I would like to know, if it were possible, how many more years I have. I would like to know if I will be healthy in body and mind. I would like to know that I have enough time left to see those same grandchildren graduate from school, walk down the aisle and at some point, present me with great-grandchildren. I would like to know that I wont be a cumbersome, old lady, talking about the past all the time and boring the living daylights out of my much younger grandchildren or great-grandchildren.

I want to remain vibrant, viable, and validated. I want to still matter. I want my thoughts and feelings and advice to be well listened to and well heeded and I want never to be relegated to that horrible place where old people go when they don't seem to matter any longer. You know that place. Its where it feels lonely and cold even on the hottest day of the summer and dark despite a gloriously sun-splattered day.

I want those who love me to seek me out for advice and guidance. I want a granddaughter to come to me to tell me about her first love and especially when she might not be able to do that with her own mother. I want to be able to go to their school functions and their games without someone worrying about taking care of me. I want to be able to listen to them without having to strain to hear every word. I want my sons to reminisce with me about their childhoods without feeling embarrassed or odd for doing so. I want my daughter to remember how I brushed her hair and how I tried to have a gentle touch and how much I delighted in not only her beauty, but her brains. And I want to matter.

Oh! I said that didn't I? But I do want to matter! Its important for older people to know that they DO still matter..that even tho age has crept up and played its dirty tricks on us, that there is wisdom and value in things we might have to say.

And did I mention that I want to still be fun? I want to be able to hear a joke and get it. And I want to be able to laugh because it feels good to laugh and not just because it seems like the appropriate thing to do.

I don't want to complain about my aches and pains and my arthritis and my feet hurting and my back hurting. And I don't want to sigh and wish for the old days. And I don't want to seem long suffering. And God help me, but I don't want to talk about when I die as my own mother would do. Its such an awkward thing to handle when someone talks about dying. There really isn't much to respond to and it only makes everyone feel ill at ease and uncomfortable.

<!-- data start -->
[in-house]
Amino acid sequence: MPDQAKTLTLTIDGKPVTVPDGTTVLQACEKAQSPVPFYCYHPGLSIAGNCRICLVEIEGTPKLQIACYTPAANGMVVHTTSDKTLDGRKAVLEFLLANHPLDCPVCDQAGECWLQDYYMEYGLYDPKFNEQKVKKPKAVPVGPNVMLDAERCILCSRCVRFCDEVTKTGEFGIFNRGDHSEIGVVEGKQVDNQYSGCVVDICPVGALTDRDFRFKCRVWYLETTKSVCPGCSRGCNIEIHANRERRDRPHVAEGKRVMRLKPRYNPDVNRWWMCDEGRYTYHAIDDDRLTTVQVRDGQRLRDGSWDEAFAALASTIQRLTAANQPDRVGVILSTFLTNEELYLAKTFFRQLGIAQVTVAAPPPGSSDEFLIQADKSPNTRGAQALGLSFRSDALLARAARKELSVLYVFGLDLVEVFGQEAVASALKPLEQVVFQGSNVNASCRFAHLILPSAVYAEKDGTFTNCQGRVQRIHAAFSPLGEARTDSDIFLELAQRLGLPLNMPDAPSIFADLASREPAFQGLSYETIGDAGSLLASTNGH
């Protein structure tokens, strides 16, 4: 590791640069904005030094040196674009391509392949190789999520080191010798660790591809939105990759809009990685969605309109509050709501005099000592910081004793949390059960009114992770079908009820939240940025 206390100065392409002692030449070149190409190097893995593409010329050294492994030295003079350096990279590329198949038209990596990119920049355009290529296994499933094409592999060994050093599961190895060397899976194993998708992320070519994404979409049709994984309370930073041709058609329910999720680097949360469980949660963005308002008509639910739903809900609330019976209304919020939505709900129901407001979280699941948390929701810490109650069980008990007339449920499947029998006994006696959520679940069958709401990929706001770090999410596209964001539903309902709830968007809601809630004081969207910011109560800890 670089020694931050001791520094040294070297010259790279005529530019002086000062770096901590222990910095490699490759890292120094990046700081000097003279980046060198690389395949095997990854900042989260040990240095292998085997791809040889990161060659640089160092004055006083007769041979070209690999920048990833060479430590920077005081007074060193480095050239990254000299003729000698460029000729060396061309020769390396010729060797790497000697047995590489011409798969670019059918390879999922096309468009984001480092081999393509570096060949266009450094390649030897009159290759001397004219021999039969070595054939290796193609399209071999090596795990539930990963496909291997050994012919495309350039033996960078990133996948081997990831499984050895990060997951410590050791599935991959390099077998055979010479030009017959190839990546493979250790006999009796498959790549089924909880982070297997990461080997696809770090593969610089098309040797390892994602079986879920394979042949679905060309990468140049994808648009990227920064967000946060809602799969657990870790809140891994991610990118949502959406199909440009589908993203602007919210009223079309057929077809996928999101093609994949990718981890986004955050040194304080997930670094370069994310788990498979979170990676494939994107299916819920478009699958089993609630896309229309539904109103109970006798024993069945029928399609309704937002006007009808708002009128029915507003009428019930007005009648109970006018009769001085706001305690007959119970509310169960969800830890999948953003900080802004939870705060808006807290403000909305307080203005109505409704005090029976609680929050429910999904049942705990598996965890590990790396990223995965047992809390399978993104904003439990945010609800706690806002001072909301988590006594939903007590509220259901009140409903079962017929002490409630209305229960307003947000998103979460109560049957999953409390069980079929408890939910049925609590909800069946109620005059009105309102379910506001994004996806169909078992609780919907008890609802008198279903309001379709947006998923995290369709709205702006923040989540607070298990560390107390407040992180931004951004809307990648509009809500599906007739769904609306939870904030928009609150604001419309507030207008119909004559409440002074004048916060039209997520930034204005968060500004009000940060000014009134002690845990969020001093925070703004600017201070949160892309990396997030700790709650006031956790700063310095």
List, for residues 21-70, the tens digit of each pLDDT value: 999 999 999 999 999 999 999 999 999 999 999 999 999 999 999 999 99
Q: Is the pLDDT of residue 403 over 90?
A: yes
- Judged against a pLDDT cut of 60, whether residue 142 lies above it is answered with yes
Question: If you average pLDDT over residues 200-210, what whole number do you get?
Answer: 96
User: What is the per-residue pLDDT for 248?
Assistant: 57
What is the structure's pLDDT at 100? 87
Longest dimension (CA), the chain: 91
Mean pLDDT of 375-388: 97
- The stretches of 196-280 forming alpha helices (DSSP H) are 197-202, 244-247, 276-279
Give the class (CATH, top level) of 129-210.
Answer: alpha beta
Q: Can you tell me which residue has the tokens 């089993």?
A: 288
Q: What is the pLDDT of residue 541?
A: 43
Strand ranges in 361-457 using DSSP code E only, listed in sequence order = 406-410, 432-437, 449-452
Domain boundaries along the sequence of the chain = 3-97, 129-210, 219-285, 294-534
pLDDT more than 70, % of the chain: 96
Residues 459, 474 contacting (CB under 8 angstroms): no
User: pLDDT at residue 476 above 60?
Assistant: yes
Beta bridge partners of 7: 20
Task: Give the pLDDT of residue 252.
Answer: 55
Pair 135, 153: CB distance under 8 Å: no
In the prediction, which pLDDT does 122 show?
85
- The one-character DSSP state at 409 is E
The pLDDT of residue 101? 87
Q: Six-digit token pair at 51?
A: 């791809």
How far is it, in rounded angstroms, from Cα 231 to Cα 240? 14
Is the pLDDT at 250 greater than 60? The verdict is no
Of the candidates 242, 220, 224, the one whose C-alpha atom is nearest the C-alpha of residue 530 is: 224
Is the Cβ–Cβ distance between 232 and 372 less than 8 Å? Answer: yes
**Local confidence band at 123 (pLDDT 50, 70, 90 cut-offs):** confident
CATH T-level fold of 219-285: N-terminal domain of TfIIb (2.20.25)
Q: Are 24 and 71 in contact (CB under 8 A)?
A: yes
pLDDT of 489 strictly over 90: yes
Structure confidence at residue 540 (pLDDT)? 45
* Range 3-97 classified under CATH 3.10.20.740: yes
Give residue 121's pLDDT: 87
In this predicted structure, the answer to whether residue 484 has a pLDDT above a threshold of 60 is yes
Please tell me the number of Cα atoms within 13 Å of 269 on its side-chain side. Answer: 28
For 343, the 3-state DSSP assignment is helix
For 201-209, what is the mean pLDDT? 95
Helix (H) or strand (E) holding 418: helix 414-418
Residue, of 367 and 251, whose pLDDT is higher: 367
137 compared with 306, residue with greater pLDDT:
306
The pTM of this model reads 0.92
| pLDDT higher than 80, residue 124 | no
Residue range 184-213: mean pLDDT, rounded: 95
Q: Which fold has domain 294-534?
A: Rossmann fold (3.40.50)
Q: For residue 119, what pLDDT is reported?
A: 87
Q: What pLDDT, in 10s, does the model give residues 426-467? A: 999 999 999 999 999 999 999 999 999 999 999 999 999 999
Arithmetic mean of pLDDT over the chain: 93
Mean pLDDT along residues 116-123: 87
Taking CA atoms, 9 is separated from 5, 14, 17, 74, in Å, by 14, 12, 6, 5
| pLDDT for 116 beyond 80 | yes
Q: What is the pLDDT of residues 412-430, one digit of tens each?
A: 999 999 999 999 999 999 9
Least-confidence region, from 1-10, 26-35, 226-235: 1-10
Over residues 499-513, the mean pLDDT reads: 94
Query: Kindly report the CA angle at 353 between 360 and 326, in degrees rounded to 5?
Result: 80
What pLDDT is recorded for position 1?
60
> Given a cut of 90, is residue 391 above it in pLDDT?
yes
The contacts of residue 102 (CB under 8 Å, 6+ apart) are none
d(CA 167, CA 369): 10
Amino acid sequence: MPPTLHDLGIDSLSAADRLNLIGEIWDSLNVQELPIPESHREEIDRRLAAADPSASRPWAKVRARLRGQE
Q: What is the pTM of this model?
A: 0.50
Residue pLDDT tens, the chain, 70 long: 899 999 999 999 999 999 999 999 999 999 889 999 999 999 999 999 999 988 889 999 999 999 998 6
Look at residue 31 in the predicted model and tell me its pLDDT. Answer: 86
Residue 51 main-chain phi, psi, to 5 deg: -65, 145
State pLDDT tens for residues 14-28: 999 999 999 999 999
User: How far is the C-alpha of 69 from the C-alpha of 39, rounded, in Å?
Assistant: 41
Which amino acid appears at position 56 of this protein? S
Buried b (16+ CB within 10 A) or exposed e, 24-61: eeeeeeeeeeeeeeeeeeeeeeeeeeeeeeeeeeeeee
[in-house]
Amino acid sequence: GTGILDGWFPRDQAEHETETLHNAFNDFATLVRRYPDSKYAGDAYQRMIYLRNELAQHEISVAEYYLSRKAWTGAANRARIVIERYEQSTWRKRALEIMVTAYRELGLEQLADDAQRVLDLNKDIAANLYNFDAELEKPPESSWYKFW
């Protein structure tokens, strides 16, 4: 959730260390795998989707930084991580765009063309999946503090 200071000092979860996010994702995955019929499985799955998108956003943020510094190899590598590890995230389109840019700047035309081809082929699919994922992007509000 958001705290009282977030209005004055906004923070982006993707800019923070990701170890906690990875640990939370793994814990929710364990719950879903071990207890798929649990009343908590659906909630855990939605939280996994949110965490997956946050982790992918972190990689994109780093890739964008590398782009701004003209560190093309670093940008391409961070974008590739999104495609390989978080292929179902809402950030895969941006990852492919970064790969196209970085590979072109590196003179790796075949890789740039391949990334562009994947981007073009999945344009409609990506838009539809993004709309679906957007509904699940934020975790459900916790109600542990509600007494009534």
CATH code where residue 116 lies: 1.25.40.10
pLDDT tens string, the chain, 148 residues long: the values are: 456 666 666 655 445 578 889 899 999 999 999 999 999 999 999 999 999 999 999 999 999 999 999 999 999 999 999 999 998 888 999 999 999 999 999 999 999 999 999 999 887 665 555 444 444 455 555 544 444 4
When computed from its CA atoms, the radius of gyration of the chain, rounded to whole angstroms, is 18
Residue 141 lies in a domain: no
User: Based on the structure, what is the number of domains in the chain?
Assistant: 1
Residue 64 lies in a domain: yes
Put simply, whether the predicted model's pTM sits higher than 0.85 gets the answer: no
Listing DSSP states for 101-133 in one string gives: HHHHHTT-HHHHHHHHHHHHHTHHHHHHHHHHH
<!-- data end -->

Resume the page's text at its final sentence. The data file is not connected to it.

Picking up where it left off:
Getting old in our society can be a cruel twist of fate. And it can smack you down and zap your self esteem and take away the light that was once in our eyes. I fear that most.

I want to make a lasting impression on my grandchildren of being more than just an old lady sitting in a rocking chair perhaps knitting or nodding off. I want them to remember that Gramma wore makeup and smelled good and had pretty hair and wore jewelry and that she saw the Beatles and was around when Neil Armstrong walked on the moon and that she had her own catering business.

And I hope to God, with all that I have in me..that when they DO remember me that they arent reminded of mothballs :)

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Sallie Mullinger (author) from Ohio on September 04, 2014:

Joan: I think it happens to all of us. I know I find myself doing things that remind me of my own mother. Some of those things I don't mind..others..not so much!

Joan Fryman on September 03, 2014:

Sallie, I just read this story again. I often do and say things, and say to myself, "you have become your mother"! I wonder how many other women have this same thought as they reach those wonderful years of being in their 60's and 70's.

Sallie Mullinger (author) from Ohio on August 17, 2014:

Youre welcome, Joan...I often think back to grandmother and even my own mother, at my age, and Im convinced that we are so lucky to live in the times we live in.

Women don't seem to age the way they used to.

But men still do!!!!!

Joan Fryman on August 17, 2014:

Once again you've expressed how so many of us in our aging years feel. I think we all want the same as you - to be remembered and that hopefully, when we are no longer on this earth we leave behind good memories of us. I also think we need to have a good sense of humor and be able to joke and laugh about all the changes in our bodies AND minds!! Thanks, Sallie.

Sallie Mullinger (author) from Ohio on August 17, 2014:

Thank you! Im glad you enjoyed it and even more glad that you agree!

travmaj from australia on August 17, 2014:

Sallie, enjoyed reading this and I totally agree with all you have to say. I wouldn't mind turning the clock back a few years. Sigh! You said everything perfectly and all you want for your children and grandchildren re remembering you - I want the same. Great hub - thank you.

Sallie Mullinger (author) from Ohio on August 16, 2014:

:) thank you, Bethy

Beth on August 16, 2014:

Well said, dear Sallie! I wonder all the time now where time went. VERY well said. :)